I was surprised that not only could you climb to the top of the galleries, but there were also sculptures and decoration up there. The reason for this was for the view of the gardens and to serve as ‘grandstands’ for Augustus the Strong’s beloved festivals, pageants, processions and tournaments. The Zwinger was even inaugurated in 1719 with Augustus’ son’s wedding to the Habsburg emperor’s daughter in this garden. The architect for the Zwinger complex, Matthäus Daniel Pöppelmann, aimed to create contrast with the flat ceilings of the galleries, doubling as grandstands, with fancy, sculptural projecting gates and pavilions. This is where sculpture and architecture become gorgeously entangled, namely in the Wallpavillon with its glockenspiel of Meissen porcelain bells, the blue copper and gilded crown of the Kronentor and Nymphenbad, all sculpted under Balthasar Permoser’s direction.
We could stay all day and still not see everything. The Zwinger and Semper complex houses three museums, beyond being an attraction as an exquisite example of Baroque architecture and garden delights in its own right. Sebastian’s Mom advocated strongly for us to visit the Zwinger’s Porcelain Museum, and we briefly ventured into the Old Masters Gallery for the sole purpose of hunting down Johannes Vermeer’s ‘Girl Reading a Letter by an Open Window’.
Check out this video from the Staatliche Kunstsammlung Dresden, and while yes parts of it are only in German, patiently wait for New York architect Peter Marino’s multiple charming interviews where he explains his vision for the interior decorating of the Porcelain Museum. Also, I have to recommend again that you listen to the BBC Radio 4 Podcast Episode “Porcelain: The White Gold of Saxony” for a great retelling of August the Strong’s obsessive preoccupation with porcelain and the surprising story of how it came to be made in Saxony. You’ll meet the porcelain rhino who is explained in length in this podcast episode.
The Animal Hall was my favorite because the animals felt like they were enchanted, frozen in porcelain. Yet, the animals were rendered in a way as to be illustrations from someone’s imagination, rather than absolute anatomically perfect representations. I also loved the porcelain flower bouquets, as most who lament that all flowers must die at some point, these would live forever.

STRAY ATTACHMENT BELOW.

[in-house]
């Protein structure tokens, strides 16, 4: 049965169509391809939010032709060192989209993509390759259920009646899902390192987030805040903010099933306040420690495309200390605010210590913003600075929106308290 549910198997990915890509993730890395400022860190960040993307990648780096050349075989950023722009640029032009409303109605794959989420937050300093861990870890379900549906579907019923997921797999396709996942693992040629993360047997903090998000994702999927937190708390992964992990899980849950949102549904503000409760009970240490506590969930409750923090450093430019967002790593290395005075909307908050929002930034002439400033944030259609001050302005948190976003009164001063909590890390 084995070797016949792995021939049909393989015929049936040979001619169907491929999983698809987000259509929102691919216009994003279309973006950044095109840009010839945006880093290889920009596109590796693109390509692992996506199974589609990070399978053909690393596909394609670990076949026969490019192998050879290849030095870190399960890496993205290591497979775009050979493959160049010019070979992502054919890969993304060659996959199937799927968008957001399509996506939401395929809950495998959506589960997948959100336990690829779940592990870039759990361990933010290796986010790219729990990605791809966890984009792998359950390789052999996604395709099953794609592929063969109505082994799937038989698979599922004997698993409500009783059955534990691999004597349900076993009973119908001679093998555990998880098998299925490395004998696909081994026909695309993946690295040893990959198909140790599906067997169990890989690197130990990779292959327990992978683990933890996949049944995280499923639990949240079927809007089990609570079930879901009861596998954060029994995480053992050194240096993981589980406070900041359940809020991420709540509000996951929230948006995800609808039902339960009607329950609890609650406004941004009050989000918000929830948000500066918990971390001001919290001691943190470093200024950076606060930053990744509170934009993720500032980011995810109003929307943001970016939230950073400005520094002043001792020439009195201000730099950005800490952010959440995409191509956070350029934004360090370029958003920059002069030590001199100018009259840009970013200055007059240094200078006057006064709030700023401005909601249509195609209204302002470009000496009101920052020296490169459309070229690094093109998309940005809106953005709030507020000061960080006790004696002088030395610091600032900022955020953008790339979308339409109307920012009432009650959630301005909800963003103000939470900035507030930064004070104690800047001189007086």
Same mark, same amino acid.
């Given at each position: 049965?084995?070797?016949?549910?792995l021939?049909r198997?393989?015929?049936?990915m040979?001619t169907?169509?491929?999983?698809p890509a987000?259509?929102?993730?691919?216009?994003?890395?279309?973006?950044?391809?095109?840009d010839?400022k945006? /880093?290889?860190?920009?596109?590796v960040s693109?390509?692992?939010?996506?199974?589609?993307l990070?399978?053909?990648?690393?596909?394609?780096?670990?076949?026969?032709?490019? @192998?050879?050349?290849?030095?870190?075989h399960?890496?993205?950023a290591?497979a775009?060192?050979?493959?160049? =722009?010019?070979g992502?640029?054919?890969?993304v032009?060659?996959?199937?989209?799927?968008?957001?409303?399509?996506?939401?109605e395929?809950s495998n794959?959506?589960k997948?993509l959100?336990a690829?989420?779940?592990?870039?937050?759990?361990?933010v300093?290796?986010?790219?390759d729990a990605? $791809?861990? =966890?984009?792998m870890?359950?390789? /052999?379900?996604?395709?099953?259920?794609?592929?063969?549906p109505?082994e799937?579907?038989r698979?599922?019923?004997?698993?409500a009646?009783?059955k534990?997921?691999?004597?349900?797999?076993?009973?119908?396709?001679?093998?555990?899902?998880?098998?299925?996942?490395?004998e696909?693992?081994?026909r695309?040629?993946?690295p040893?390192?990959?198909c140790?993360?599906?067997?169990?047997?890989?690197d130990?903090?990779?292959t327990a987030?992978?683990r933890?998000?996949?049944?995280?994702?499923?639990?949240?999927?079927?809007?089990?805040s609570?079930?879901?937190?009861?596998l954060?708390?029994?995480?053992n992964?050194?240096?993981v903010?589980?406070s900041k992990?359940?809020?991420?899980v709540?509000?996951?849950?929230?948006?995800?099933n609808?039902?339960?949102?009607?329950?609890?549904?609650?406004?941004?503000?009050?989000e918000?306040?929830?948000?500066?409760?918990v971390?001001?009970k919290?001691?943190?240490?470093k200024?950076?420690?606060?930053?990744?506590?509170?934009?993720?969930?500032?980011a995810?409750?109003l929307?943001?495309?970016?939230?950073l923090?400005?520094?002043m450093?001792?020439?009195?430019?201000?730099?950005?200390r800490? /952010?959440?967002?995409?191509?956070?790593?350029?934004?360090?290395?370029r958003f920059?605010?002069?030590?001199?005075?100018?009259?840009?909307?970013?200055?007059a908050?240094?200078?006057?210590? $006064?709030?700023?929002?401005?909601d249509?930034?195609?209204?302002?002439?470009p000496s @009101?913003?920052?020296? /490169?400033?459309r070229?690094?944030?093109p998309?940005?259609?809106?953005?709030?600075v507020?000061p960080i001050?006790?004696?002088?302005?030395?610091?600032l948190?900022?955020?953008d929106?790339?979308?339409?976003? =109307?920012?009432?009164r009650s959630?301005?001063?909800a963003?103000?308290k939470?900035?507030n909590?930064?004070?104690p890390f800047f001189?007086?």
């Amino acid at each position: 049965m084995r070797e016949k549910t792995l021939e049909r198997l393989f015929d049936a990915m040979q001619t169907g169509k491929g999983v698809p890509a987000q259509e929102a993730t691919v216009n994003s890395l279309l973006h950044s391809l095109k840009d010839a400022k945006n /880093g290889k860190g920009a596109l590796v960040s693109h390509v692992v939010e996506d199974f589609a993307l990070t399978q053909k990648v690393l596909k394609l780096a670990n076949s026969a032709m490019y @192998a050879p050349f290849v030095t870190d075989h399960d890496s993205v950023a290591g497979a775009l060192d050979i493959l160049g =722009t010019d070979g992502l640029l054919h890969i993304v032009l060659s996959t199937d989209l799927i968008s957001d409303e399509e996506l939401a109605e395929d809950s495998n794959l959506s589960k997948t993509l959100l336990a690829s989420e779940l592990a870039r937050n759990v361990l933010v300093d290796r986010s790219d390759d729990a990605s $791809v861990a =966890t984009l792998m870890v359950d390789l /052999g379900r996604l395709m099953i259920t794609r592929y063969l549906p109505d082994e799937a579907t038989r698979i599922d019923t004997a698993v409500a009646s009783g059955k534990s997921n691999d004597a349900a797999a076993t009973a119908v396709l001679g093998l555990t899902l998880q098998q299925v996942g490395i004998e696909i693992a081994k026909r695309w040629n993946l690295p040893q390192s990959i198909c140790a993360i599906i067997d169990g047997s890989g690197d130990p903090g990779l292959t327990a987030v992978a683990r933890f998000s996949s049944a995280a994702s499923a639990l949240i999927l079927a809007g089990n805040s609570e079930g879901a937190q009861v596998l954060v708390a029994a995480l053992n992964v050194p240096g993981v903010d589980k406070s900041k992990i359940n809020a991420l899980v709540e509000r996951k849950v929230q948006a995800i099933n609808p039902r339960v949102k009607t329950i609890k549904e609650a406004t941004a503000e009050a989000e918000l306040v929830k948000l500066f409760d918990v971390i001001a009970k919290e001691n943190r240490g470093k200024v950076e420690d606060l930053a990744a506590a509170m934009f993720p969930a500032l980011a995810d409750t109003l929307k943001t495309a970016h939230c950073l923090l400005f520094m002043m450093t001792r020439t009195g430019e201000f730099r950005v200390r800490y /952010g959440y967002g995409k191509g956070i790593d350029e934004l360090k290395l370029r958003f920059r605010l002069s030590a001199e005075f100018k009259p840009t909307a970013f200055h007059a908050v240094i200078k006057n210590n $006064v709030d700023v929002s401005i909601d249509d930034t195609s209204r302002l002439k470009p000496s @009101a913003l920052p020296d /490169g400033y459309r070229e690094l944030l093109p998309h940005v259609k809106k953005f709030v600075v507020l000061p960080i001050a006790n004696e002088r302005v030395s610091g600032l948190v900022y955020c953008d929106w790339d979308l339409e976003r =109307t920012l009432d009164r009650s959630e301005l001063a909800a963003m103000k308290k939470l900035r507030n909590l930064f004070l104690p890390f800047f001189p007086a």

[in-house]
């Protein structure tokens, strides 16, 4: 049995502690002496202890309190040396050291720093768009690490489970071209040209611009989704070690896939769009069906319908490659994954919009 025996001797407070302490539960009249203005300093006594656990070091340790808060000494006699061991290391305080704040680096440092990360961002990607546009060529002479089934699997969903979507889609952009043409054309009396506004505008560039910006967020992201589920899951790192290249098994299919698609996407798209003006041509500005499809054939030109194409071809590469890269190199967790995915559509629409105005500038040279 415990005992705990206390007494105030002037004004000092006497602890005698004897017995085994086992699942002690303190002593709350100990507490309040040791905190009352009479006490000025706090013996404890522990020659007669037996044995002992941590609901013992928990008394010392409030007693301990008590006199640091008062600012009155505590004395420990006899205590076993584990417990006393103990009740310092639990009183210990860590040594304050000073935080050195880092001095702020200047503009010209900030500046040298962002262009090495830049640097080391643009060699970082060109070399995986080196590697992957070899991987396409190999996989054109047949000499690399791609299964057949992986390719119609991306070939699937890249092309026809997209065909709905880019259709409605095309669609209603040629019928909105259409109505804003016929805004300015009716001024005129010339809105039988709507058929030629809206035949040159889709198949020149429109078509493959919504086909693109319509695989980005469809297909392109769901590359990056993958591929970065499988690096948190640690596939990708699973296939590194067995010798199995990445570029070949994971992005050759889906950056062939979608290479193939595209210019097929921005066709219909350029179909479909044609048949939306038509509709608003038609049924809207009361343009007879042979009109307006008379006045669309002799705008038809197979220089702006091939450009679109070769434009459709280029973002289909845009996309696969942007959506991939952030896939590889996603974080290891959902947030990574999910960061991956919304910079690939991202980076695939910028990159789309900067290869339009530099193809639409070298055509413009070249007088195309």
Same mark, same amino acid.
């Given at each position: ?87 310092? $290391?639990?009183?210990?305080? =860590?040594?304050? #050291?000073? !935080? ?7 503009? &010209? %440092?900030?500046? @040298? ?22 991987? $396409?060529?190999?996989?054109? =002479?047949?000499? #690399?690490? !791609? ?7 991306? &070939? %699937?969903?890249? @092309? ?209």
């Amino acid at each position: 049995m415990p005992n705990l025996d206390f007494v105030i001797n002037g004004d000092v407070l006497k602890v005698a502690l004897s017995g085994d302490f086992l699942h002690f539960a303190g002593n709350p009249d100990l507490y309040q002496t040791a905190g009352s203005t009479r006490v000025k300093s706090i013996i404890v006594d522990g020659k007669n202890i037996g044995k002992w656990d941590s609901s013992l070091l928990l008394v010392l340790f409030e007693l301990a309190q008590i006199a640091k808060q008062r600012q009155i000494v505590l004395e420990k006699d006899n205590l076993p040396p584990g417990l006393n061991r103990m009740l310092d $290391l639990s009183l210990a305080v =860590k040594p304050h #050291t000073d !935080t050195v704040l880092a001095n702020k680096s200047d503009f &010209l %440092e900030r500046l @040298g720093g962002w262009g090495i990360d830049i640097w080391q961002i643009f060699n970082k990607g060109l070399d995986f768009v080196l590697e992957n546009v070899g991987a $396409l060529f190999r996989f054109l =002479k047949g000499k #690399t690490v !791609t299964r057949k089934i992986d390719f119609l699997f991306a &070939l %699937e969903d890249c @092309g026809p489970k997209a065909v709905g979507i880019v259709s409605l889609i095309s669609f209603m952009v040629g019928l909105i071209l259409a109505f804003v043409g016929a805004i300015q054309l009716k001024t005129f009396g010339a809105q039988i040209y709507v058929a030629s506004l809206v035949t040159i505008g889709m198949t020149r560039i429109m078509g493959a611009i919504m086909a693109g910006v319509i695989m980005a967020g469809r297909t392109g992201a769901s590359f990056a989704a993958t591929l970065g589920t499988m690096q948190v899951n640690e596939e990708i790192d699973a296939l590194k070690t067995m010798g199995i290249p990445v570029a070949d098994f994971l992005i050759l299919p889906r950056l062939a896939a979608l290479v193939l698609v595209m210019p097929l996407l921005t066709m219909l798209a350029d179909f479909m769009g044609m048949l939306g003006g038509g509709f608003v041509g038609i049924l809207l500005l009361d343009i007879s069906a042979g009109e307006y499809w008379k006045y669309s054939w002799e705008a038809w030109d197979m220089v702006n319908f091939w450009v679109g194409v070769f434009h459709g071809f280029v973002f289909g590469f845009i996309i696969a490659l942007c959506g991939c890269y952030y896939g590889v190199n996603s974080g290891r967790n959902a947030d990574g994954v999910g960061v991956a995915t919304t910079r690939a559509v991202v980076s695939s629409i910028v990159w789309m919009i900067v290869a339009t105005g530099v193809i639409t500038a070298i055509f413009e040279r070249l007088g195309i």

I was fascinated by this real world example of faking it until you make it; the Meissen porcelain makers copied their inspiration, the Asian style of porcelain, until they mastered the craft. Then they went on to fashioning a whole new world of porcelain that was uniquely Meissen.
Meeting the Girl Reading a Letter by an Open Window
Even I have a limit for how much artwork I can visually consume before I’m overloaded. We visited the Albertinum the day before, and coming from the stunning Porcelain Museum, I was becoming mentally overwhelmed. But, knowing that one of Johannes Vermeer’s masterpieces was so close, I couldn’t NOT see it. Part of my heart would break. So we made this portion of our visit to the Zwinger a bit of a scavenger hunt.
I’m always so surprised at how small Vermeer’s works are, but they still take my breath away. There is yet to be a way of reproducing paintings in books that will ever come close to the viscosity and life of the real thing. Printed drops of ink per inch in a book can never truly capture the richness of color and brush work as the real thing. Vermeer’s works are sore examples of this fact. His work is always so tiny, that it's no wonder that printed reproductions of them are so misleading. Case in point of why it's so important to visit the real paintings. It was worth the effort, and while we were all exhausted and swaying on tired feet, we stood together in front of ‘Girl Reading a Letter by an Open Window’ and didn’t say a word, soaking it in. Eyes watering with joy. She was worth it.